The league will conduct extensive discussions with U.S. Soccer and CONCACAF to address the staggering number of friendlies, World Cup qualifiers, U.S. Open Cup matches, and two editions (2008-9 and 2009-10) of CONCACAF Champions League games that need to be staged in the 2009 calendar year.

Yet the presence of a 15th team - Seattle - will offset a reduction in the number of MLS games, since one team must be left out of each round. Also, the total number of games wouldn't change!

Fourteen teams each playing 30 games equals a-210 game schedule. Fifteen teams playing 28 games equals, wait for it, 210 games, and because of the 15th team, more match days would be required to play the same number of games.

So, what to do?

MLS has to alter the course it took this year by shifting other schedules to accommodate SuperLiga. It can sprinkle those games midweek during a portion of the league schedule, or convert to a knockout tournament, or drop its mano-a-mano contrivance altogether.

This year, it sacrificed some weekend dates to play SuperLiga matches instead of league games. Wrong. MLS is not nearly strong enough at the gate to blow off Saturday night league action so its teams can host Atlante or Pachuca or Santos Laguna.

There's no other way to accommodate the FIFA windows, at least two or three of them if not the entire allotment of five. MLS can't ditch the U.S. Open Cup, and would be committing political suicide by shunning the Champions' League, which in any case, is a far truer test of just how good are MLS teams compared to their Mexican, Central American, and Caribbean counterparts.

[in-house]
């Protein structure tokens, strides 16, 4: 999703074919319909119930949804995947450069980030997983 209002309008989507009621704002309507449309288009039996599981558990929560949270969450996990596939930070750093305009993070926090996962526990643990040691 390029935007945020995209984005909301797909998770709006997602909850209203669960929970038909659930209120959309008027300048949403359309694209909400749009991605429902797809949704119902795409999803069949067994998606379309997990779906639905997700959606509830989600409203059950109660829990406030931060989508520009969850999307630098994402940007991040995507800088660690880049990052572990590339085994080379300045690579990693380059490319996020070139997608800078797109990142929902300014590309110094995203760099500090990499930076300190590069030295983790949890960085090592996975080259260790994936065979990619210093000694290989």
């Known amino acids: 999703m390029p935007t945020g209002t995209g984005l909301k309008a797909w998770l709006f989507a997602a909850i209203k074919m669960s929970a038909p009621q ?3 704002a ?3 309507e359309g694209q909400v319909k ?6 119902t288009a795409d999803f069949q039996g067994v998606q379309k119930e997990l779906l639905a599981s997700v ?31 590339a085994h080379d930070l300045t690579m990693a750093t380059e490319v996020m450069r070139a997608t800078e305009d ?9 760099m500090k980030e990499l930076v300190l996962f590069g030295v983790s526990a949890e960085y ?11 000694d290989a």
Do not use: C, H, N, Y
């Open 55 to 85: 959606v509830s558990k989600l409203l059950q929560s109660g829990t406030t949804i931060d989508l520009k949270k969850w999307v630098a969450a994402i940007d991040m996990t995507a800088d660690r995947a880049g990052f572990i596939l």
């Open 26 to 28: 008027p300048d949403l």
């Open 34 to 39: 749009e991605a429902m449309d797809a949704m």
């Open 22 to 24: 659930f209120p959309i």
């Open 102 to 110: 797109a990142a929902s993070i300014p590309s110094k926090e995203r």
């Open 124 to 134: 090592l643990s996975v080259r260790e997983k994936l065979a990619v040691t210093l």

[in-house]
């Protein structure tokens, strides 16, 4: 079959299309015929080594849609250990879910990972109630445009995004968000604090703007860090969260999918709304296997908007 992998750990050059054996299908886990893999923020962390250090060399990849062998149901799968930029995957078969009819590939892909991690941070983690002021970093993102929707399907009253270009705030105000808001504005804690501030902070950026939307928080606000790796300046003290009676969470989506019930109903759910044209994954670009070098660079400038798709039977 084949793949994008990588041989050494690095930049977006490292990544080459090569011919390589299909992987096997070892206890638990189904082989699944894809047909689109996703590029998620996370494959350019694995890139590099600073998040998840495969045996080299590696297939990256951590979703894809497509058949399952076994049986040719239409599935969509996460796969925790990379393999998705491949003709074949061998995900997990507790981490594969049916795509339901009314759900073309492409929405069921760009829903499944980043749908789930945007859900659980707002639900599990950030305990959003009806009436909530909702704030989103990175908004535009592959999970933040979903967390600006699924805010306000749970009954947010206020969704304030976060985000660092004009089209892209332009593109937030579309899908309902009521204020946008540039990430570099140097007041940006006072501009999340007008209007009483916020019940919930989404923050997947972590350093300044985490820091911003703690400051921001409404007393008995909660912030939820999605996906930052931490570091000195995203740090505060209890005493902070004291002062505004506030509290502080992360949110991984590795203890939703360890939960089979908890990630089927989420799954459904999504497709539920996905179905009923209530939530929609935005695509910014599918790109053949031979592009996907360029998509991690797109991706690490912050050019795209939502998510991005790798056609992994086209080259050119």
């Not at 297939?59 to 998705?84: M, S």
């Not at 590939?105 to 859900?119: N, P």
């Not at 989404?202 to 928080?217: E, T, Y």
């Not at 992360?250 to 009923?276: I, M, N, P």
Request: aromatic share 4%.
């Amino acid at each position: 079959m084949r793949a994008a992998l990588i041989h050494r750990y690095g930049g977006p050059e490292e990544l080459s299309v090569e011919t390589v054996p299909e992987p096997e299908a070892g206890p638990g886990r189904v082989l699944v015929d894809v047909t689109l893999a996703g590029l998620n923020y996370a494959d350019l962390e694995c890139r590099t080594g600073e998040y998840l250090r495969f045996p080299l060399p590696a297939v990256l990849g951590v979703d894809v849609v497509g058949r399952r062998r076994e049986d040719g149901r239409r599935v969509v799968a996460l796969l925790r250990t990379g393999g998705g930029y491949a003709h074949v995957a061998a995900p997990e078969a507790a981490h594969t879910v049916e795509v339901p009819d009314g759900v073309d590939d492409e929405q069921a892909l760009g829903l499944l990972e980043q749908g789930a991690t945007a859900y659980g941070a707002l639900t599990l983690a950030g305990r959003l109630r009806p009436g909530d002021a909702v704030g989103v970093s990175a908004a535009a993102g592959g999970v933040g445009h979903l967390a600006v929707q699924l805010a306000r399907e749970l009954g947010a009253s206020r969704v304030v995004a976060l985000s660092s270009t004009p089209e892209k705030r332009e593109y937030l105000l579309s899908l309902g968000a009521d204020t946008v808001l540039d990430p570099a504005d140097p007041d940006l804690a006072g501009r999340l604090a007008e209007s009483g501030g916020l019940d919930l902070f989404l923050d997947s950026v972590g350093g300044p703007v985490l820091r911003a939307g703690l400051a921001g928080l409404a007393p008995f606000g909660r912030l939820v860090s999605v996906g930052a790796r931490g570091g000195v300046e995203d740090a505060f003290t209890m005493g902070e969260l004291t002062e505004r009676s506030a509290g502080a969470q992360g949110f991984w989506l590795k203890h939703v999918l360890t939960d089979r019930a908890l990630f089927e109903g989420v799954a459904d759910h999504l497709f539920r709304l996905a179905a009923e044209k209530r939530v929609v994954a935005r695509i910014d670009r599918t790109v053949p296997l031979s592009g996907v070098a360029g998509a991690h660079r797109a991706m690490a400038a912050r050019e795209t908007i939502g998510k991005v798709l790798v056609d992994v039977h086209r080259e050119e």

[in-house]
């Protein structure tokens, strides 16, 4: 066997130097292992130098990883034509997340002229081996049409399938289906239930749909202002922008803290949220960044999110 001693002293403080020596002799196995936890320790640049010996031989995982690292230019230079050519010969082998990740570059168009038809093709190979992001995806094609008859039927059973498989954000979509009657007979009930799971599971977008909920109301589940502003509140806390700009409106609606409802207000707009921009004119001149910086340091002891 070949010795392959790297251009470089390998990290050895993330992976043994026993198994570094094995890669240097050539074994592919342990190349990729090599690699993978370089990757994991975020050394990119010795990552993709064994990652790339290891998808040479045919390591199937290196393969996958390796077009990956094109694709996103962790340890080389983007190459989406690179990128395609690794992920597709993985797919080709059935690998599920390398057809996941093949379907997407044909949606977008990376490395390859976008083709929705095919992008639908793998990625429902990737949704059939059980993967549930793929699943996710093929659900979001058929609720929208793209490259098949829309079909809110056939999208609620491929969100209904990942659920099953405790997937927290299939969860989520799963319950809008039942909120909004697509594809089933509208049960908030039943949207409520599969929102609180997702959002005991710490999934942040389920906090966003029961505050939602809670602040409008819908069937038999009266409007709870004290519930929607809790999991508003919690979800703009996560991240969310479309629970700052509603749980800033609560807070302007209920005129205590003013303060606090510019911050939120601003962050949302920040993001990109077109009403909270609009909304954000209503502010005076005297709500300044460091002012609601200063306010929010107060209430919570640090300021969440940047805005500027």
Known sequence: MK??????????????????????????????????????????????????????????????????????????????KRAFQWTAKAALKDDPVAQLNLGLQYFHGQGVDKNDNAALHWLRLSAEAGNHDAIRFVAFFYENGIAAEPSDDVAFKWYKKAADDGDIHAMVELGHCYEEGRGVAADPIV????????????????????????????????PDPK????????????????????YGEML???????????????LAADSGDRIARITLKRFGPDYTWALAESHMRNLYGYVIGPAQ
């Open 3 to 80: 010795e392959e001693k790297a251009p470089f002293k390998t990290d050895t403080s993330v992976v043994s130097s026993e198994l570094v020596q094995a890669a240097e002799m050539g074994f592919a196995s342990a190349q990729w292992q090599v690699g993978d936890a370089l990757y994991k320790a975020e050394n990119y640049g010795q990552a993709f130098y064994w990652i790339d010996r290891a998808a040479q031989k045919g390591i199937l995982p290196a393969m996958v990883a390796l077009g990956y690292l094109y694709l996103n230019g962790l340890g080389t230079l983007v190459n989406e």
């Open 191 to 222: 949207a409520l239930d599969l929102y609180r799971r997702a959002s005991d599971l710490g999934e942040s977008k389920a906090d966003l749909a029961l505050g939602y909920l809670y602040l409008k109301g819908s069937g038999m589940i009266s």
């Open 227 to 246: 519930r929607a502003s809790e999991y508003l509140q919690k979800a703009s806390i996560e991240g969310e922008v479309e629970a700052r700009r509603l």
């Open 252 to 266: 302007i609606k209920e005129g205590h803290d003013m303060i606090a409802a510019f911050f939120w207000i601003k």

If something has to go, it has to be SuperLiga. And that's the name of that tune.

2 comments about "MLS Bites Off More Than It Can Chew".
  1. Teddy Roe, September 8, 2008 at 1 p.m.


    I have much sympathy for overworked soccer players. It is not easy to play as many as three games, plus intervening practices, in a seven-day period. So my advice to MLS: cut back sensibly on extra-MLS involvement. You are diluting the quality of play in a league that is already challenged in the skill department.

    My sympathy is in short supply, however, in another area. Toronto is missing so many players for international duty that it cannot function. Poor babies. No one made them sign so many foreigners that domestic players -- supposedly the principal focus of our domestic league -- cannot get a job. Shades of the English Premier League: the top teams employ so few English players that England cannot field a consistently winning team in international competition. I strongly support FIFA President Sepp Blatter's "6 and 5" concept: league teams globally should "start" a majority of domestic players in each game. They can always substitute later but at the risk of using up their allowable substitutions.

    Teddy Roe

  2. Len Oliver, September 8, 2008 at 3:21 p.m.

    I've argued for years that MLS should join the World's soccer calendar by starting in late August and going through June, with appropriate byes for the International calendar.

    The original MLS schedule was designed to take on baseball for spectators and media attention, and to make use of the unused NFL stadiums in the spring and summer. With the advent of soccer-specific stadia, with the growth in the game and the media attention growing apace, there is no longer justification for the March-November schedule.

    Besides, if you've played our game, who wants to run for 90 minutes in 90 degree temperature and 90 degree humidity? The rest of the world thinks we are crazy!

    Let's rectify our schedule. Play an abbreviated schedule next spring-summer, and start the real season next August. We are then back in tune with world soccer.

    Len Oliver
    Washington, DC